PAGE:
1865 -- Thousands of emancipated slaves marched in a parade to the old Washington Race Course, which served as a Union POW camp during the Civil War. They exhumed mass graves and reburied the Union dead with respect and ceremony, then celebrated their newfound freedom with speeches and a picnic. Some credit this celebration as the nation's first Memorial Day.
1898 -- Septima Poinsette Clark was born.
1738 -- The Gazette reported that several recently imported slaves had small pox and suggested that readers "take all imaginable care to prevent" its spread.
1906 -- On opening day of Belmont’s Race Track's opening day, nearly 40,000 people streamed through the Washington Race Course's former gates at their new New York home.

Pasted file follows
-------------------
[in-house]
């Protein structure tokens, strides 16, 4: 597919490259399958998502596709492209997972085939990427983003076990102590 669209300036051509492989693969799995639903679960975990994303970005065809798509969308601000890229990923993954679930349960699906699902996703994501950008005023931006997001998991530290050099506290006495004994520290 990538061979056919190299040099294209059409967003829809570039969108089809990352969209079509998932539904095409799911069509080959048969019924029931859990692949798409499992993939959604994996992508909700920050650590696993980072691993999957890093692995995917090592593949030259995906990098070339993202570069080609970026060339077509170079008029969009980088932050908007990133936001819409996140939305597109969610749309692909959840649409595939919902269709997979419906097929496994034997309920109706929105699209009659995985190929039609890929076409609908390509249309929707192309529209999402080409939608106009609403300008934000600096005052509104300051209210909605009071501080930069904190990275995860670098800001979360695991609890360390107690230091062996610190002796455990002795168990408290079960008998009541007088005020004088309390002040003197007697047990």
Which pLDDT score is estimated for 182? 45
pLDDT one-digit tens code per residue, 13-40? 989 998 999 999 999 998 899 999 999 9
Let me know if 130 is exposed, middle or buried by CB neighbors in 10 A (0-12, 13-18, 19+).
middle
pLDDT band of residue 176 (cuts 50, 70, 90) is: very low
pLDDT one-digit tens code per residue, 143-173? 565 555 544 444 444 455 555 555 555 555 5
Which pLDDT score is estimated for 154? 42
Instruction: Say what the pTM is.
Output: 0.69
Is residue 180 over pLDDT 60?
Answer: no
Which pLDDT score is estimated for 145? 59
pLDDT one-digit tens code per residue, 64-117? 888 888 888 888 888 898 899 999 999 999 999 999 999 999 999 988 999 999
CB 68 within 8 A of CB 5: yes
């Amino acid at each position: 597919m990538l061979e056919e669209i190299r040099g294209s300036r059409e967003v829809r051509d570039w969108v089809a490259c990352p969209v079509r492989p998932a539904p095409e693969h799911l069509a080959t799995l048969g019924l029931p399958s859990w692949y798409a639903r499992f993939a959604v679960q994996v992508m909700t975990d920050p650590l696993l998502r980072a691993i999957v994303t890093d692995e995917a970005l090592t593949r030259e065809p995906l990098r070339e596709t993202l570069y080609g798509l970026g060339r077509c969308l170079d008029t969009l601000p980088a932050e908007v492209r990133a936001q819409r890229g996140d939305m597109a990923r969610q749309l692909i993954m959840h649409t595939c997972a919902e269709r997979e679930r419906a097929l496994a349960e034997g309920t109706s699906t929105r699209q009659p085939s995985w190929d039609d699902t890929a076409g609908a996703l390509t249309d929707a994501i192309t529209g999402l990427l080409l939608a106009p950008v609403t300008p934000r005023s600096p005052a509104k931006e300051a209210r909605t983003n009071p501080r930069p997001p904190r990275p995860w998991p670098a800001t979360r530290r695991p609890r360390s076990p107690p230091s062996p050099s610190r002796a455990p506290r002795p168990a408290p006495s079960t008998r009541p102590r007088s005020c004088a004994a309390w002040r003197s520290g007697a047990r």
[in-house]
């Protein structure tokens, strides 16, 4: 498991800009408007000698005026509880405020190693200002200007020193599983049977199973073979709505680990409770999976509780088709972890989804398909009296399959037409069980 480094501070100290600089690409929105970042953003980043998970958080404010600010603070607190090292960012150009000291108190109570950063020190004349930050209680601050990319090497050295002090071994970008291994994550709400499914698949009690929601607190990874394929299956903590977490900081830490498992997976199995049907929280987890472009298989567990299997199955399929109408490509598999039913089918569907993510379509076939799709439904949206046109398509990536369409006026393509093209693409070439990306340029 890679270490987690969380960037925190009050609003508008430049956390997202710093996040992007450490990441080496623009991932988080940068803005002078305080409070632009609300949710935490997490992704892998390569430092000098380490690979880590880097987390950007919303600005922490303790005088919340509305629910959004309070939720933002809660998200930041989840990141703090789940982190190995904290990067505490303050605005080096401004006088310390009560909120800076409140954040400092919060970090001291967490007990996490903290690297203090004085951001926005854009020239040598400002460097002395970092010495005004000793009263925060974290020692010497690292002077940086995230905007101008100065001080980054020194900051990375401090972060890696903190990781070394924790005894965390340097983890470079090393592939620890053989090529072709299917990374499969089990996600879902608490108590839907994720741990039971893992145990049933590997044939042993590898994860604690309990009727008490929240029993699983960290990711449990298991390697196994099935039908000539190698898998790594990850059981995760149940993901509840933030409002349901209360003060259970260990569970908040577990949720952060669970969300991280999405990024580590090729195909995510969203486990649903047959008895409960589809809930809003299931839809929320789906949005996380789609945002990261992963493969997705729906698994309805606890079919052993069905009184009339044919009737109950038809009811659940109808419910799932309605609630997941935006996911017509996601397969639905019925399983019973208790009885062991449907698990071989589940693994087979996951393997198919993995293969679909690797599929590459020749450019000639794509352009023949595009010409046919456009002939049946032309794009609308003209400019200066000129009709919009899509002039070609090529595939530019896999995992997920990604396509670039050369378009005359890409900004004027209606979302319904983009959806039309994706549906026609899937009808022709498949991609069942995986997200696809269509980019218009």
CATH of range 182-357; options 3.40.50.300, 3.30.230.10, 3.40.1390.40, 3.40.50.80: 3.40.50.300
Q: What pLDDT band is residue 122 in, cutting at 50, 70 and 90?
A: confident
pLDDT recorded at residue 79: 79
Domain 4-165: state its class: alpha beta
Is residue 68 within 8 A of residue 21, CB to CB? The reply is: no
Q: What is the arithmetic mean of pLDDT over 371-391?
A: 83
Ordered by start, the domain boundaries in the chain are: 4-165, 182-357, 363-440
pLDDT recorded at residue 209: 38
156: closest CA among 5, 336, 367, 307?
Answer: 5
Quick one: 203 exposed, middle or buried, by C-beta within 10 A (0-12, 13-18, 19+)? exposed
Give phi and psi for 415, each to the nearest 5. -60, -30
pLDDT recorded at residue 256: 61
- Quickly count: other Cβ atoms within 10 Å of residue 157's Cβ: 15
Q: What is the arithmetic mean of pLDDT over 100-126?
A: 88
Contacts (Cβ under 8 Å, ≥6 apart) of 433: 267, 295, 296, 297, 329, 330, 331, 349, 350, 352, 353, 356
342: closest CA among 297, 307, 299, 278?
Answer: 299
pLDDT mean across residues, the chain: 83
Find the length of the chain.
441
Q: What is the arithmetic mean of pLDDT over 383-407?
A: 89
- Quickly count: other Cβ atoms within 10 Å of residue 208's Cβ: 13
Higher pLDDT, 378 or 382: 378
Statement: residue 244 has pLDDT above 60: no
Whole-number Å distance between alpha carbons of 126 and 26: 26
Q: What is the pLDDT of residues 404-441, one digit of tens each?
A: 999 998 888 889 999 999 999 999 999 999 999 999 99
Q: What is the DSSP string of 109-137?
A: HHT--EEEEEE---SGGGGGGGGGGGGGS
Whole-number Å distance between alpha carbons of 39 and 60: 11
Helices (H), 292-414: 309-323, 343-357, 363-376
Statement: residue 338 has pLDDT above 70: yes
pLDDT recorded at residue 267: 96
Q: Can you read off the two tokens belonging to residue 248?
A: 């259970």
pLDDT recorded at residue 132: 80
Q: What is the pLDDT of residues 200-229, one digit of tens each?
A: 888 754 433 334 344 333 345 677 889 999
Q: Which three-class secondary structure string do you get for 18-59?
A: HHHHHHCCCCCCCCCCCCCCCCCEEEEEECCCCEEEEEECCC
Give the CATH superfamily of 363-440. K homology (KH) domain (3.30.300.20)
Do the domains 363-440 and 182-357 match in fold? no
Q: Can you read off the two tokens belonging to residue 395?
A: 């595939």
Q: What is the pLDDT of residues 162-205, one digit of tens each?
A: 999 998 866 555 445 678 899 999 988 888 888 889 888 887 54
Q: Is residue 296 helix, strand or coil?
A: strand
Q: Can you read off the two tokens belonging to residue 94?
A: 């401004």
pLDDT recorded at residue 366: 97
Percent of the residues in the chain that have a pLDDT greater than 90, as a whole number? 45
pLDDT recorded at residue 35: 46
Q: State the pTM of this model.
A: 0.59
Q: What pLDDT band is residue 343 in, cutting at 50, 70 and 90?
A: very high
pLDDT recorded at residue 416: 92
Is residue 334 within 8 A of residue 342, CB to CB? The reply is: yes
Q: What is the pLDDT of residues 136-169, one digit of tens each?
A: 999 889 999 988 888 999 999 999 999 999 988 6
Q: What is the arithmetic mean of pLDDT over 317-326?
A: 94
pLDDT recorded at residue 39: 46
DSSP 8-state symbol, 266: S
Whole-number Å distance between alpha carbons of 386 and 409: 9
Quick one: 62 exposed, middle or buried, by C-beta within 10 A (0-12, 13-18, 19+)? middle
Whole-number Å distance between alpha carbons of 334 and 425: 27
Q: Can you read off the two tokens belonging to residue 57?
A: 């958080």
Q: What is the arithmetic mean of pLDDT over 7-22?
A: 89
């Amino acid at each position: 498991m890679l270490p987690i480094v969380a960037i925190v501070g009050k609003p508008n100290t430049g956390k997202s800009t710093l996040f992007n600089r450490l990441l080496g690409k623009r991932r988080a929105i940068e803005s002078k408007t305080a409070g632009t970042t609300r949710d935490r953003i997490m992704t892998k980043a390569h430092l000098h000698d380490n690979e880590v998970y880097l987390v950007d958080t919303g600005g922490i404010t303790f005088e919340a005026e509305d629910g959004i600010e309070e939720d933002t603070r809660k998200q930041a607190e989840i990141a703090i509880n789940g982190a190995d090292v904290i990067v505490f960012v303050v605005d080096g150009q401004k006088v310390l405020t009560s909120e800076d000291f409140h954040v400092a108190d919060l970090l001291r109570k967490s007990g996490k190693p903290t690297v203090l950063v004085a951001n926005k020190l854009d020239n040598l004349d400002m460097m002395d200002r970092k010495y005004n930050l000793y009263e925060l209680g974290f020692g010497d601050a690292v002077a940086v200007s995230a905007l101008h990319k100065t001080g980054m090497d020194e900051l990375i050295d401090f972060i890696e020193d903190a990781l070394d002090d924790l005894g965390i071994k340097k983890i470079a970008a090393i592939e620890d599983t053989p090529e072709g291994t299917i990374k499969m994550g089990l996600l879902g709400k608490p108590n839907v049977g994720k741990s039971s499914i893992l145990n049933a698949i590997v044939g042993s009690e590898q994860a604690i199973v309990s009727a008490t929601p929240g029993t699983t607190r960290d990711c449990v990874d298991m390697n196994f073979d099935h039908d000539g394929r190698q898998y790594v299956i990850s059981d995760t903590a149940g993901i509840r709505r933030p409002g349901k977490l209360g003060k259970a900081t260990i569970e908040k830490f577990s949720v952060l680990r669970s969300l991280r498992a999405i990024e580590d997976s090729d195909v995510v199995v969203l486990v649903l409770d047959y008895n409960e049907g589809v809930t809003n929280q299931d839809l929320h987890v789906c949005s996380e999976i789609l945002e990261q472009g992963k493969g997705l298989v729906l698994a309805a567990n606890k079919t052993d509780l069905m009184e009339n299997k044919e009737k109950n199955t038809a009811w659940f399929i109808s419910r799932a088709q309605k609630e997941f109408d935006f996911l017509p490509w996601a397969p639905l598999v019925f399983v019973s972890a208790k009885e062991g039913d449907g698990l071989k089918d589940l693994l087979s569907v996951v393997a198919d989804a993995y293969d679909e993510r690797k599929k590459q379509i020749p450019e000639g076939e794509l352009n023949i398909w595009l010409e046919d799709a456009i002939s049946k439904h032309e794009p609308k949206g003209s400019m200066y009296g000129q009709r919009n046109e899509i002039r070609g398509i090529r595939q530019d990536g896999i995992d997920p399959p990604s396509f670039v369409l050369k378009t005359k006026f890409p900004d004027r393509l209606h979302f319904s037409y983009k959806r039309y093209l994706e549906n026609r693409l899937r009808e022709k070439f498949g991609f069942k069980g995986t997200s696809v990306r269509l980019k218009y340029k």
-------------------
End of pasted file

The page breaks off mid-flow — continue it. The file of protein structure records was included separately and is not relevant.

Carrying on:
1666 -- Thomas Pinckney, future father of Col. Charles Pinckney, was born.
1930 -- Arthur T. Wayne died.
1738 -- Daniel Cartwright sold his land, which included today's Hampton Park, to John Braithwaite.
1767 -- A deed recorded for William Withers referred to his property along the Cooper River as "the neck," perhaps proving a clue as to how Goose Creek got its name. (Clara A. Langley, South Carolina Abstracts, 4 vols. (Easley, South Carolina Historical Press, Inc. 1984), Vol. 3:277, 365.
1721 -- Charlestonians welcomed South Carolina's first Royal Governor, Francis Nicholson, having won their efforts to become a colony of the Crown, rather than of the Lords Proprietors.
1735 -- Charles Lowndes, being heavily in debt, fatally shot himself in jail, where he was being held for his failure to financially support his estranged wife. As a gentleman, he had been allowed to keep his firearm during his incarceration.
1861 -- The Tenth Regiment of South Carolina Volunteers gathered for the first time.. Among them was Henry Michael Lofton. (Source: Home in the Village, p. 75)
1940 -- The Scottish Rite Cathedral Association sold the Rodgers Mansion at 149 Wentworth Street to the Atlantic Coast Life Insurance Company.